Cole v. Arkansas, 333 U.S. 196 (1948), was a very different case from the instant one. There the petitioners were tried under an information charging them only with a violation of a section of a state statute making it an offense to promote an unlawful assemblage during a labor dispute. The trial court had instructed the jury on that section, and the jury had returned a conviction. On appeal to the Supreme Court of Arkansas, petitioners had contended that the section of the state statute violated the Constitution. Without passing on that question, the State Supreme Court sustained petitioners' convictions on the grounds that the information charged and the evidence showed that petitioners had violated an entirely different section of the same statute, which proscribed the distinct offense of using force and violence to prevent a person from engaging in a lawful vocation. This Court reversed, noting that the trial judge had, at the request of the prosecutor, read the former section to the jury and had instructed that the "`offense . . . on trial in this case'" is the "`promoting, encouraging or aiding of such unlawful assemblage by concert of action among the defendants as is charged in the information here.'" Id., at 199. [415 U.S. 697, 707]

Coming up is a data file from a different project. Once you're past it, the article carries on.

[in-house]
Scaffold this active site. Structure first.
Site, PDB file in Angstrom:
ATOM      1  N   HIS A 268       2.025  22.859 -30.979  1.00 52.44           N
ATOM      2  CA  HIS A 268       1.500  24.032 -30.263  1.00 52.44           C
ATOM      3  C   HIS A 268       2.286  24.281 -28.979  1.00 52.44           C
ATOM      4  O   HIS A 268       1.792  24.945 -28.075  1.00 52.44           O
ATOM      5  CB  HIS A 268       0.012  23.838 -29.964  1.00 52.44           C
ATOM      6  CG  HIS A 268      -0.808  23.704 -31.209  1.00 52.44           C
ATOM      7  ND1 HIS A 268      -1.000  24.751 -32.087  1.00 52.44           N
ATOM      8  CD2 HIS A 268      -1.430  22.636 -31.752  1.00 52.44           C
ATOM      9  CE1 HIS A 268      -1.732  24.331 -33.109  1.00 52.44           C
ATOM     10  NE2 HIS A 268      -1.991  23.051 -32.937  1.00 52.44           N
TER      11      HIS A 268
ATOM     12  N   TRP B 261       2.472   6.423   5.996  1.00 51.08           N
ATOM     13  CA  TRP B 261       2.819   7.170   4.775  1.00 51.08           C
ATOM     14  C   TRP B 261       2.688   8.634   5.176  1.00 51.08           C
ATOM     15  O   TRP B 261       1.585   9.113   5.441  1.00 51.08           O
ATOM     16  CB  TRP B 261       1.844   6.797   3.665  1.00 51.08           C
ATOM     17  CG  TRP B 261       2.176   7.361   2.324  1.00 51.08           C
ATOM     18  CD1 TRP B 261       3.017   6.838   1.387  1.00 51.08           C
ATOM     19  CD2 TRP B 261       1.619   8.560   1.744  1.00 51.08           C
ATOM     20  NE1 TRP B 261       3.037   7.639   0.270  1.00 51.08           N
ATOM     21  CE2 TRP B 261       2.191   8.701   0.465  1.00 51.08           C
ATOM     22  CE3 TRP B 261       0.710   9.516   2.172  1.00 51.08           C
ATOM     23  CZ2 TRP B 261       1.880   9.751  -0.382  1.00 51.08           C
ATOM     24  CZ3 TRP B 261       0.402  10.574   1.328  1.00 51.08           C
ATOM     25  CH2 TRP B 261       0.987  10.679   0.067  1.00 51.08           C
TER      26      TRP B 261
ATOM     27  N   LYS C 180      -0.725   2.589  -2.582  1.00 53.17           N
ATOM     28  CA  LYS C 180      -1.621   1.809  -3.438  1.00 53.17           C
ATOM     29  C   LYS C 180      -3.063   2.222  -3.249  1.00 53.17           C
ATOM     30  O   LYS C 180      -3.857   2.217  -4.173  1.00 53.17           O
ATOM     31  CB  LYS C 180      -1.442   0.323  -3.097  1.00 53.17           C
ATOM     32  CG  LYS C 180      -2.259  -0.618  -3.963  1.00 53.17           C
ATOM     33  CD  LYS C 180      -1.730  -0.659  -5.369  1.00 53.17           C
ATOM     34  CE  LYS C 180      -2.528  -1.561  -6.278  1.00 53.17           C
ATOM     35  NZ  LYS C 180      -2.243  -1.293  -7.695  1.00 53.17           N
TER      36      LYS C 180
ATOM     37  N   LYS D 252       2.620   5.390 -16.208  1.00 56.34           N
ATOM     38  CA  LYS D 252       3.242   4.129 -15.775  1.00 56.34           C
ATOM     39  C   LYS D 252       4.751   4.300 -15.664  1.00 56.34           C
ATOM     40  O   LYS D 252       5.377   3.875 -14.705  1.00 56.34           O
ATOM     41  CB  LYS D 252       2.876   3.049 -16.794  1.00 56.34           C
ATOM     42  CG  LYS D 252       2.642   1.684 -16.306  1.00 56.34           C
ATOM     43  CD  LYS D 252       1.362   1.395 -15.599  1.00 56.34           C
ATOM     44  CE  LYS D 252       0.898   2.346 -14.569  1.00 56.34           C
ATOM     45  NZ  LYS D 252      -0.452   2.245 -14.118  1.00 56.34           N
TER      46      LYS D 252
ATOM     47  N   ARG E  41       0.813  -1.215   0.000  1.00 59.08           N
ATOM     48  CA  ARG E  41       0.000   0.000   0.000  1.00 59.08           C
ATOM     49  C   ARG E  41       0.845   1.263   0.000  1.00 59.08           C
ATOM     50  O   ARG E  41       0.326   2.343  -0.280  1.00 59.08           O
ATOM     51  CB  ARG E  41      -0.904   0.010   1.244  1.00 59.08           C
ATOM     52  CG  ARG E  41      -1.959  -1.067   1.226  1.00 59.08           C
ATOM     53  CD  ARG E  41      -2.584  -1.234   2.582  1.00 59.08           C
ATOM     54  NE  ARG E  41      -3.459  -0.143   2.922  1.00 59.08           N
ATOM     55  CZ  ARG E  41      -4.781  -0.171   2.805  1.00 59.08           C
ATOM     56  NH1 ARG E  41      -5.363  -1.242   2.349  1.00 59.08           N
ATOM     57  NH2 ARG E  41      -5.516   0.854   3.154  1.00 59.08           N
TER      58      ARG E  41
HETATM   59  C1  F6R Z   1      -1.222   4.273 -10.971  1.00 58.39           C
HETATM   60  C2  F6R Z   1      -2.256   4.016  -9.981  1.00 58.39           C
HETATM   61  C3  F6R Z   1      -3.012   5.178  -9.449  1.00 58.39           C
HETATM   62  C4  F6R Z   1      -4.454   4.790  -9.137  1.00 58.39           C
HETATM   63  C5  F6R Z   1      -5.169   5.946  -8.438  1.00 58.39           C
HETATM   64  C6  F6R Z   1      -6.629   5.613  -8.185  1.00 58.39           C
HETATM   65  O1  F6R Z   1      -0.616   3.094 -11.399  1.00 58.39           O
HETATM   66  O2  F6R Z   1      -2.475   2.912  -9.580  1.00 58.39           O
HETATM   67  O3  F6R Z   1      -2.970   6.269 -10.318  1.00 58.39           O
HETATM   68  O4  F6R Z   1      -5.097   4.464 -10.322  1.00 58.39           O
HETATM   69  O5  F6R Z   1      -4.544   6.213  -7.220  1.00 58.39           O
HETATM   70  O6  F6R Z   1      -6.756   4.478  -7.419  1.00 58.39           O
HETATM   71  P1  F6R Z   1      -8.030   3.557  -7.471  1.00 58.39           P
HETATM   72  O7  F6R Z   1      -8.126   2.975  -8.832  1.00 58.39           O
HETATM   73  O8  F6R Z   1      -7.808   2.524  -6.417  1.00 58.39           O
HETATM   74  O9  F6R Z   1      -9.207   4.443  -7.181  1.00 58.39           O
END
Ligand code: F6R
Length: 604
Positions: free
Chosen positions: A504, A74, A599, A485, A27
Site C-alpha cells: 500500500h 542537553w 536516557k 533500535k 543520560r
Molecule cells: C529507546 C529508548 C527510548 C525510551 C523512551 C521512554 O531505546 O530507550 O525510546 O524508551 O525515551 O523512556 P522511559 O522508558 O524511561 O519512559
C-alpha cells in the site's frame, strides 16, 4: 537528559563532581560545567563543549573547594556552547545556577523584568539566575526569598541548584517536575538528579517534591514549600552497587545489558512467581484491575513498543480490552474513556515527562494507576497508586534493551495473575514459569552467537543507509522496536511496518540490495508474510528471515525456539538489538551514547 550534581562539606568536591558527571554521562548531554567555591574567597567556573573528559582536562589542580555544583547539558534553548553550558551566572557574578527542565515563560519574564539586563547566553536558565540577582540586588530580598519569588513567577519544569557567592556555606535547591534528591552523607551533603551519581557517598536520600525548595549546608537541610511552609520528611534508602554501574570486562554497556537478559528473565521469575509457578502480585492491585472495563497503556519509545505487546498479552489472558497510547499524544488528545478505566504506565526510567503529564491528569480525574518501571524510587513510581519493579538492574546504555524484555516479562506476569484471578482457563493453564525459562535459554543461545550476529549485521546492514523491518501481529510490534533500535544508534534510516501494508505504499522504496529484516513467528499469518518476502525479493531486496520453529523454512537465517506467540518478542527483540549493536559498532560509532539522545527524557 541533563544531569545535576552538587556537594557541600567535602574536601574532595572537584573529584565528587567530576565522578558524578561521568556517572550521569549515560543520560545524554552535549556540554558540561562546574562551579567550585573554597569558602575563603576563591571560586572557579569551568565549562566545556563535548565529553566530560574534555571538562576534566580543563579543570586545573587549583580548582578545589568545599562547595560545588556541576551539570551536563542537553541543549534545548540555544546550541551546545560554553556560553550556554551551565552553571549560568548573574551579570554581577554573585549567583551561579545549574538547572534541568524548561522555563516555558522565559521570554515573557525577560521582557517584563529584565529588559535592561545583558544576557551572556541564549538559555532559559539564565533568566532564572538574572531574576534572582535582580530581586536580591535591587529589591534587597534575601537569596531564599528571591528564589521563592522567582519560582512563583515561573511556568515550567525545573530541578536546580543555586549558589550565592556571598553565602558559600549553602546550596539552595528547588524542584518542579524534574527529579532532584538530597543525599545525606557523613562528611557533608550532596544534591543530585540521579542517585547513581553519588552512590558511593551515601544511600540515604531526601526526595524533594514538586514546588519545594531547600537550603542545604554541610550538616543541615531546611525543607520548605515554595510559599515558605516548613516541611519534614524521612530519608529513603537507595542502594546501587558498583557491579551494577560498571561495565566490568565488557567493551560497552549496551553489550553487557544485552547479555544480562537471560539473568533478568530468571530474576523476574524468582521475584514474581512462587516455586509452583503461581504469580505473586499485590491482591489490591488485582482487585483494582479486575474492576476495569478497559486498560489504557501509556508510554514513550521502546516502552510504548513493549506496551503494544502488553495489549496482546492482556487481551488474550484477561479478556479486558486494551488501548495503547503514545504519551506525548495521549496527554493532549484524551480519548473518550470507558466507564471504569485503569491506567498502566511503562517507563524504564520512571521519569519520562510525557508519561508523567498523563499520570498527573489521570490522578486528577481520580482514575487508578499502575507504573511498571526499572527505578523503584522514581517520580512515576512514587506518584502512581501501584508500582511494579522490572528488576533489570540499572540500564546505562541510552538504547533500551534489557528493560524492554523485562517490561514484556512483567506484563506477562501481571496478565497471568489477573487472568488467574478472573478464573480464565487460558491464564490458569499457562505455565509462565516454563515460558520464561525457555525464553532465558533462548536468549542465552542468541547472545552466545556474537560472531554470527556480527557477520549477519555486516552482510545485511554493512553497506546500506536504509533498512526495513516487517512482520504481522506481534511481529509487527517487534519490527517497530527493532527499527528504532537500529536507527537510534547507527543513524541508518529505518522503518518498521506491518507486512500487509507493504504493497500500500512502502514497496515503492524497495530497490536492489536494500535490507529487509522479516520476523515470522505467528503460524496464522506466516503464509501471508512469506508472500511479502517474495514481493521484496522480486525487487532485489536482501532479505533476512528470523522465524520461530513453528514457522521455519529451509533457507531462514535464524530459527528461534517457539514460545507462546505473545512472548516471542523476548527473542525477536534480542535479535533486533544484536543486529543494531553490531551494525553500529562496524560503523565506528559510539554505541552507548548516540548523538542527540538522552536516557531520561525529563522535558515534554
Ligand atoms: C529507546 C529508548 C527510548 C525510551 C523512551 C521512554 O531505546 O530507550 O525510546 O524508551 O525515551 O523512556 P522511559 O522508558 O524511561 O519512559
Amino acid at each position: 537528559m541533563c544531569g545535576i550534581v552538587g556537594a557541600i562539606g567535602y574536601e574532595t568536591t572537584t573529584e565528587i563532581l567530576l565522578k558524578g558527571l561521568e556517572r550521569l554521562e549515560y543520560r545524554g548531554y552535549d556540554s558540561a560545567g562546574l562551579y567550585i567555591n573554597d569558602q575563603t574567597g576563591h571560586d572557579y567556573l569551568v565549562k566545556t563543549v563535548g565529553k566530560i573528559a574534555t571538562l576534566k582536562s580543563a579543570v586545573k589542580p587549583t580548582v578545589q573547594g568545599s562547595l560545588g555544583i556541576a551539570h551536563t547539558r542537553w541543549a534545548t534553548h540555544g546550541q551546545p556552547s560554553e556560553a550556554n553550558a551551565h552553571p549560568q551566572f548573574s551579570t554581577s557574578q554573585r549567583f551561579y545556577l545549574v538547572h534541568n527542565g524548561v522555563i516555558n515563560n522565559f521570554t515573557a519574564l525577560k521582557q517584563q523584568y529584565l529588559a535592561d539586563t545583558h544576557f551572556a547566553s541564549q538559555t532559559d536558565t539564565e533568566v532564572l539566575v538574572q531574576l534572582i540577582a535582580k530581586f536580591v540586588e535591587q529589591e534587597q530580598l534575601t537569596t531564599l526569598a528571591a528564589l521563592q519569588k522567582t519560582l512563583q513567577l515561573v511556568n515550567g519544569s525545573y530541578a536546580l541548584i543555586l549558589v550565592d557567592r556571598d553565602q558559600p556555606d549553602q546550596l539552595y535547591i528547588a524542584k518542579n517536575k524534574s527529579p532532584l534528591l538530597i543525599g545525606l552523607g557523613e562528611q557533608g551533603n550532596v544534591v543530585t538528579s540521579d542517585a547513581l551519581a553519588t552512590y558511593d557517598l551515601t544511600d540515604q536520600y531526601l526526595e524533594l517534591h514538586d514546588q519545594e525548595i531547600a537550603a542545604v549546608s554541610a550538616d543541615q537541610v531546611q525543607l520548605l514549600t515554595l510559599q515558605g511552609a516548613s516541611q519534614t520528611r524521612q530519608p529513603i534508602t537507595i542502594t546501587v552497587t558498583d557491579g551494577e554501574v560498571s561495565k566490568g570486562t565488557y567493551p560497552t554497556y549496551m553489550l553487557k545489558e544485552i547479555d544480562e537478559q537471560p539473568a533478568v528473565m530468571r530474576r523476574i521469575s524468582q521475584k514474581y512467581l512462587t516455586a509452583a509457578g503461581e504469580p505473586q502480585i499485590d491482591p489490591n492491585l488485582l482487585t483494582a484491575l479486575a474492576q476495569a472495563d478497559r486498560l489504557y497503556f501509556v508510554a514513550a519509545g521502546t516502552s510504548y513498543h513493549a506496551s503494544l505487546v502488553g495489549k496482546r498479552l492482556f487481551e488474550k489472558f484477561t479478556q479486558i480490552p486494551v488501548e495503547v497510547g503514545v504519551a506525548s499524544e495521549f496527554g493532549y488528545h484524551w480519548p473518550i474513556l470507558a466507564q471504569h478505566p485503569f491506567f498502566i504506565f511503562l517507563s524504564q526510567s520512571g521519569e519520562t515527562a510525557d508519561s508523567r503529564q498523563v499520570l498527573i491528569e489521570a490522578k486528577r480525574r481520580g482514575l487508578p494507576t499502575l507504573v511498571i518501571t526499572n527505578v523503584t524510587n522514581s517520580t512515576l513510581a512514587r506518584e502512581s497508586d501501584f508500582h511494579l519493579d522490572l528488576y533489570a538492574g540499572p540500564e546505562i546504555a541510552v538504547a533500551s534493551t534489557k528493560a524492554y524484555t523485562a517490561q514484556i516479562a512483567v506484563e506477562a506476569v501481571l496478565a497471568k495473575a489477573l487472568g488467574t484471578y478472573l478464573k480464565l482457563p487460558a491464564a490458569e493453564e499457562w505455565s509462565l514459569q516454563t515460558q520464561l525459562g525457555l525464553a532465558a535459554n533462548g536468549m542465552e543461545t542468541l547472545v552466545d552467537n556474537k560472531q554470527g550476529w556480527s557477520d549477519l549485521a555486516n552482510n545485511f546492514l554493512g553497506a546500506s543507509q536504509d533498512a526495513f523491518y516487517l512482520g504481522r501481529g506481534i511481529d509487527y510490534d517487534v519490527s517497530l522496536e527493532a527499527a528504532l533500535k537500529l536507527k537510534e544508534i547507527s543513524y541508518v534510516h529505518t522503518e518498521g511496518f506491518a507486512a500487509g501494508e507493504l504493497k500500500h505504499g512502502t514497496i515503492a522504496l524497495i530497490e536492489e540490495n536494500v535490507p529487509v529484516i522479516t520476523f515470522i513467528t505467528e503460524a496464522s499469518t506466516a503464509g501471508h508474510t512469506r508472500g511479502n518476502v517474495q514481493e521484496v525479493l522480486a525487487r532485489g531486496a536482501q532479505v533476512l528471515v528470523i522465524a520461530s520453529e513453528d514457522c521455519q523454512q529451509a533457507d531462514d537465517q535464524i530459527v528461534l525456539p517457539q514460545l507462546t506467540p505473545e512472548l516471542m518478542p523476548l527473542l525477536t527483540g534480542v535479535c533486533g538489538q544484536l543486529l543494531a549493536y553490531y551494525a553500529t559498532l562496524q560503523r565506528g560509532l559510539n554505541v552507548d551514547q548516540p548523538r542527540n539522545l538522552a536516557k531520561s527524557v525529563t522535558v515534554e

Here we have no basis to conclude with any degree of certainty that the petitioner's contempt conviction rests solely on the use of the expletive. Both Street v. New York, 394 U.S. 576 (1969), and Williams v. North Carolina, 317 U.S. 287 (1942), were cases where all of the relevant lower court proceedings were incorporated in the record before this Court, and ambiguity was present despite that fact. 2 Here, however, there is no such ambiguity arising out of a full record; there is instead a total absence of any record of the trial which resulted in the conviction which the Court now reverses. I have no doubt that a majority of this Court would refuse to reverse petitioner's conviction in this case if it had a full record before it, and the record indicated that at the contempt hearing the trial judge had made it clear to petitioner that he was being charged with contempt based on the course of conduct beginning with his use of the expletive and ending with his discourteous remarks to the judge. Whatever the force of Street and Williams on their own facts, where ambiguity was present despite the fact that there was a full record available in this Court, I would not extend them to reach this case, where petitioner has failed to preserve a full record of what transpired below.